Red Cross given tick for bushfire relief despite social media carping - Australian Associated Press
A burnt home is seen in Malua Bay, NSW, Wednesday, January 8, 2020. The Royal Commission into National Natural Disaster Arrangements starts its hearings on Monday with a focus on the changing global climate. (AAP Image/Supplied by Jesse Rowan) NO ARCHIVING, EDITORIAL USE ONLY, MANDATORY CREDIT

Red Cross given tick for bushfire relief despite social media carping

AAP FactCheck April 19, 2021

The Statement

A social media post claims the Australian Red Cross asked the federal government for additional funding after “fleecing Australians to the tune of hundreds of millions of dollars during the bushfire disaster” only to distribute “a mere fraction of the money they took from us”.

The Facebook post from April 13, 2020, continues to be shared multiple times daily. At the time of writing, it had been shared more than 36,000 times and generated over 1500 reactions.

It claims the Red Cross was among the organisations that asked for financial aid from the federal government despite purportedly only giving out a small share of the funds it raised for relief following Australia’s deadly 2019-20 bushfires.

“… the very same RED CROSS that fleeced Australians to the tune of hundreds of millions during the bushfire disaster. The very same RED CROSS that has given out a mere fraction of the money they took from us, Aussie battlers,” the post says.

A Facebook post
 The Red Cross “fleeced” Australians of millions from bushfire disaster donations, a post claims. 

The Analysis

While the Red Cross was criticised following the bushfires for the pace of its emergency response, the charity did not “fleece” donors. Later reports show it has distributed the vast majority of the money, which it says was always earmarked for both short- and long-term recovery and relief.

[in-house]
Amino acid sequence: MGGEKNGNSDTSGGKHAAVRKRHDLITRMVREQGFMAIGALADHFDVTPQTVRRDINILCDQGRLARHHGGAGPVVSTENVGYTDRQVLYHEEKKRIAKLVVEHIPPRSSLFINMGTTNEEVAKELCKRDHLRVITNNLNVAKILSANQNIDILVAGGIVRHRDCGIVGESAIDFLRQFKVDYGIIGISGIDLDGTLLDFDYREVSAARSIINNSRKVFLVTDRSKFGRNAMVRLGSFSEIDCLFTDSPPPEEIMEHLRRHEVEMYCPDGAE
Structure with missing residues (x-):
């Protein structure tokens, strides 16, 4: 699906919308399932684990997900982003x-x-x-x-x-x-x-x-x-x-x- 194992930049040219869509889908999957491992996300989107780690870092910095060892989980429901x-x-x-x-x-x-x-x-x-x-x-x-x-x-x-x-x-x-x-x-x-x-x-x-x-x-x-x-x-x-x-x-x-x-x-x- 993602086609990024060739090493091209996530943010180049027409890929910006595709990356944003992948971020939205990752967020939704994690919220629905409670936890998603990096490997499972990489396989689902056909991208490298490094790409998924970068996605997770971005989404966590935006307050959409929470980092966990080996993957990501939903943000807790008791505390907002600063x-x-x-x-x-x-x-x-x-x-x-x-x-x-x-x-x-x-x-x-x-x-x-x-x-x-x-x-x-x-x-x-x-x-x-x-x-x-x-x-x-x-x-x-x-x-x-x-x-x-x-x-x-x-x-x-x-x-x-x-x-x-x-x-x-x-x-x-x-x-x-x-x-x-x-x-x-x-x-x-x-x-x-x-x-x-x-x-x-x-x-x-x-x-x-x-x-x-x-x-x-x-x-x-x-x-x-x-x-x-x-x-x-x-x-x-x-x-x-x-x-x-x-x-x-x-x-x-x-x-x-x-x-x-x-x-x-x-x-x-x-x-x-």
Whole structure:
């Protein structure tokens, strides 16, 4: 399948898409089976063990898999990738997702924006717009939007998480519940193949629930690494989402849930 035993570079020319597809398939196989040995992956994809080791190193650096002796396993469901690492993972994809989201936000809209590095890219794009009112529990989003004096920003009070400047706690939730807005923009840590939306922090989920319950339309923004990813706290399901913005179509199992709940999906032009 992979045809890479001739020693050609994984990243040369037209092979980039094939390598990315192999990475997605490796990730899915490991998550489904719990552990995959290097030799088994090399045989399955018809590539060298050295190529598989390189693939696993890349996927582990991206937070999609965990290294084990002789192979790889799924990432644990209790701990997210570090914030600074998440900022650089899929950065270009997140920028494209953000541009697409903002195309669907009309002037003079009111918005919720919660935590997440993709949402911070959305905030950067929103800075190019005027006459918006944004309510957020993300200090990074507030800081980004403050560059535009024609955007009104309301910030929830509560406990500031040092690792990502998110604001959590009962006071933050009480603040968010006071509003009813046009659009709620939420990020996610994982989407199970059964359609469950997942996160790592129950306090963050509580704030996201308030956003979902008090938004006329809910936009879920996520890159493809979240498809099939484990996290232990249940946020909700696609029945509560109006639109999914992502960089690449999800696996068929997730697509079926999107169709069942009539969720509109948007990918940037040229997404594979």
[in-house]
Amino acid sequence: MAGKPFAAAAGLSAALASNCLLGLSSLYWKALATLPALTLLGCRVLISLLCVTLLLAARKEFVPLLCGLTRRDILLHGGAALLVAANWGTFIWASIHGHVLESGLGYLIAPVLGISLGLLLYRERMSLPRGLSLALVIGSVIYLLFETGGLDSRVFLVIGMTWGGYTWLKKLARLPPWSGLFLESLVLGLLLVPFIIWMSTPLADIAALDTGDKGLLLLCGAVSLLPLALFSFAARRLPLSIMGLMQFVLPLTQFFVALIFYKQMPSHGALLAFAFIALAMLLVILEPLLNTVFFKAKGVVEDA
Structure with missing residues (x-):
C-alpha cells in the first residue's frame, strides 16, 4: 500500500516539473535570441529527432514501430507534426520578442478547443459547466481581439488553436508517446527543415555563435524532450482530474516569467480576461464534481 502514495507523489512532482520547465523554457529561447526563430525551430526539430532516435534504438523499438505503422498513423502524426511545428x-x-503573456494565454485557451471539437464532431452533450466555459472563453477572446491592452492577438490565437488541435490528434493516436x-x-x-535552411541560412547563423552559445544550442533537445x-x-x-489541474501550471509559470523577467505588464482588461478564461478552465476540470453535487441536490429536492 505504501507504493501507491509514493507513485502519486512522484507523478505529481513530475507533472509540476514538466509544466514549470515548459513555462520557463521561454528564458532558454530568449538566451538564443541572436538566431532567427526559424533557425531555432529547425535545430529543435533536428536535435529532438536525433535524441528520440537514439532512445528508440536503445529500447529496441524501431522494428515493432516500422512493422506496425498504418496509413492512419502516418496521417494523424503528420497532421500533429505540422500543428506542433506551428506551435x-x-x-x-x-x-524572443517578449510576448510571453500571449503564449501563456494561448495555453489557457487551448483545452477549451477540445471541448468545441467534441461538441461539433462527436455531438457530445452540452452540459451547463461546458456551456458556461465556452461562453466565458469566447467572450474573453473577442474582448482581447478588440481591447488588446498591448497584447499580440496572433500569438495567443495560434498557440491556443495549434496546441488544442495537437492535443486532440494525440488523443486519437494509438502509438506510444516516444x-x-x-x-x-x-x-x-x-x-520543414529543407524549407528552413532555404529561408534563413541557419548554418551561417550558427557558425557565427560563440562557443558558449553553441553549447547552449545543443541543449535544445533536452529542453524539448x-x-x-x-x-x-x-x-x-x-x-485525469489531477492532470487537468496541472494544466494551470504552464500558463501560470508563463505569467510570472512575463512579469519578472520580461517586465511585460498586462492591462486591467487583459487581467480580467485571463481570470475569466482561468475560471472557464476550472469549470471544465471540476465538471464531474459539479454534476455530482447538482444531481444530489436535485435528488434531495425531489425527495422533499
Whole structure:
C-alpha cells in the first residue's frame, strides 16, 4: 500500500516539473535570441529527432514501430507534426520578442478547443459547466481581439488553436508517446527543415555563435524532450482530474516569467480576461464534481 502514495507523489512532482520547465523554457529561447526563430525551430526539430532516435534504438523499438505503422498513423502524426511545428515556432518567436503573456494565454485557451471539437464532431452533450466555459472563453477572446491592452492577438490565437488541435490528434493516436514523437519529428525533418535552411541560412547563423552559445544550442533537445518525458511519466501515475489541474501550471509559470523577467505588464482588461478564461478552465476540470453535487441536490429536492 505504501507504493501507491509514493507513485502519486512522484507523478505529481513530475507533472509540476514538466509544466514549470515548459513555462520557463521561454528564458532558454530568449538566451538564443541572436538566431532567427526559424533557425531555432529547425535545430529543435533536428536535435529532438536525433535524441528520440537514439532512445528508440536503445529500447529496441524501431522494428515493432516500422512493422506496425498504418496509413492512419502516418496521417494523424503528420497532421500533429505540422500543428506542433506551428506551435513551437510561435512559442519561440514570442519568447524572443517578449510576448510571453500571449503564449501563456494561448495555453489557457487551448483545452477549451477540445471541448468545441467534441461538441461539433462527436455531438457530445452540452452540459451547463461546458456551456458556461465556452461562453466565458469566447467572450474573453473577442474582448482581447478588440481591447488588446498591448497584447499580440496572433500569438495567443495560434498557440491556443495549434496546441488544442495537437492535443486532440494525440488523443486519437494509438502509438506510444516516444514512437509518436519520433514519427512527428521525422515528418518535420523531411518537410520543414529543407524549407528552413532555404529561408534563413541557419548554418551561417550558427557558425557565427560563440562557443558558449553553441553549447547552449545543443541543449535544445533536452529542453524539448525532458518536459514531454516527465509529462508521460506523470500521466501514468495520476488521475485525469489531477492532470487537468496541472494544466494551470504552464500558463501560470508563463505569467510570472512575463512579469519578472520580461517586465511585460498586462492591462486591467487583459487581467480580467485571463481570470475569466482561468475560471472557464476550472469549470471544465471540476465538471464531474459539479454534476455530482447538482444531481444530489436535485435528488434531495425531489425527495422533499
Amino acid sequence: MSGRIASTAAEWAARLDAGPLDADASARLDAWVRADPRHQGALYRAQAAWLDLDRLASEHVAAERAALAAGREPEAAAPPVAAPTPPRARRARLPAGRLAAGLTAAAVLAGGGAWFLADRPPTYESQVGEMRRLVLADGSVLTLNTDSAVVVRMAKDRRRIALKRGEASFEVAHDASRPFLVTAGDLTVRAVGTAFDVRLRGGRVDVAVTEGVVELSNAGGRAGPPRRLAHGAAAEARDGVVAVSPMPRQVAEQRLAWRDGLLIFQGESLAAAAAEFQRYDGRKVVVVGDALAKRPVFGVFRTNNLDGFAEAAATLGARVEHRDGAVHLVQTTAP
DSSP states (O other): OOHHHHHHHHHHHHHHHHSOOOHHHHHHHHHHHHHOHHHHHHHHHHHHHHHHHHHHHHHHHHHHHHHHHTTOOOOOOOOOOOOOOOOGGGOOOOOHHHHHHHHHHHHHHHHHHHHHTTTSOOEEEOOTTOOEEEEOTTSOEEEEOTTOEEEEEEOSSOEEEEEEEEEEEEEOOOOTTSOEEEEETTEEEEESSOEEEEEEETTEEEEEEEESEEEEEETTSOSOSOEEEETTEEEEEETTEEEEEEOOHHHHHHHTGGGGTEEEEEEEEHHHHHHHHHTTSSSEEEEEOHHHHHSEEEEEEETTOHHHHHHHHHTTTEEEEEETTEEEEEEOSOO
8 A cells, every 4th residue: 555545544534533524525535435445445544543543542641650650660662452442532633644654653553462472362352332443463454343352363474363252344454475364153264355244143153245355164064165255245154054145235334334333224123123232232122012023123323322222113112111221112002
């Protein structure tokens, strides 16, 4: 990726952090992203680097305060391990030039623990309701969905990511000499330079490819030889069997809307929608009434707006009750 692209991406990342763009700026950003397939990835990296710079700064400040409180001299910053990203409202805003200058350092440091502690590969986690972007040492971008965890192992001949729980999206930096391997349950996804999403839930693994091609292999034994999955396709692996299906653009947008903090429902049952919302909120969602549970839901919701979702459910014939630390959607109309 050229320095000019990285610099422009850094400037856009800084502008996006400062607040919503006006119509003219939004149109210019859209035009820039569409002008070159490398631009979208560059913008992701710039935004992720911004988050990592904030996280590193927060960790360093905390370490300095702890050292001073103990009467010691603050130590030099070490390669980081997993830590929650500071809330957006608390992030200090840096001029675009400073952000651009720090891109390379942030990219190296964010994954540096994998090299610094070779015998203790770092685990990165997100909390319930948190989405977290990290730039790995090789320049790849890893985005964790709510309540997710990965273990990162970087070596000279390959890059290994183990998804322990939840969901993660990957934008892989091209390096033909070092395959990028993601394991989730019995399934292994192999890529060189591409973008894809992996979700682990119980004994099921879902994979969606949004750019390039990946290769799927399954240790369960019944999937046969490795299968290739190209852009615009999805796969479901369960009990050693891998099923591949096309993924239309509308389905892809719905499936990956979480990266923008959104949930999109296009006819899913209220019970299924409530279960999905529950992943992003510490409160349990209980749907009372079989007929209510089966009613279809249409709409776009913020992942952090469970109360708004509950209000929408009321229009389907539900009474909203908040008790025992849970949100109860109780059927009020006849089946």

The 2019-20 bushfire season led to the deaths of at least 33 people, as well as the destruction of thousands of homes and the burning of millions of hectares across five Australian states.

By February 3, 2020, the Australian Red Cross said it had raised more than $127 million for its disaster relief and recovery fund from donations. Of this, $61.5 million was available for immediate cash relief, it said, however it also said some of the funds would be distributed over a longer period.

For example, it said $18 million had been committed to recovery programs that would run for at least three years.

The Red Cross was among the charities criticised in the preceding months for its slow distribution of grants, however the organisation said it was putting some funding aside for communities where there would be a “long-term need.”

It was also accused of earmarking some of the bushfire relief funding to cover the impact of future disasters, a charge it denied at the time, as well as spending too large a share of the money on its own costs.

The Red Cross released a report in April identifying that it had distributed just over a third of the by then $200 million it had raised to affected communities. The bulk of the remainder was set aside for the cost of rebuilding homes and to cover future grants for those who were yet to apply.

According to its most recent figures, published on March 24, 2021, the Red Cross had distributed or spent $213 million from the $241 million eventually raised for bushfire-related recovery. The charity expected all of the funds to be spent by the end of 2022, according to its full report (page 9). It said four per cent of funding had gone towards its administrative costs.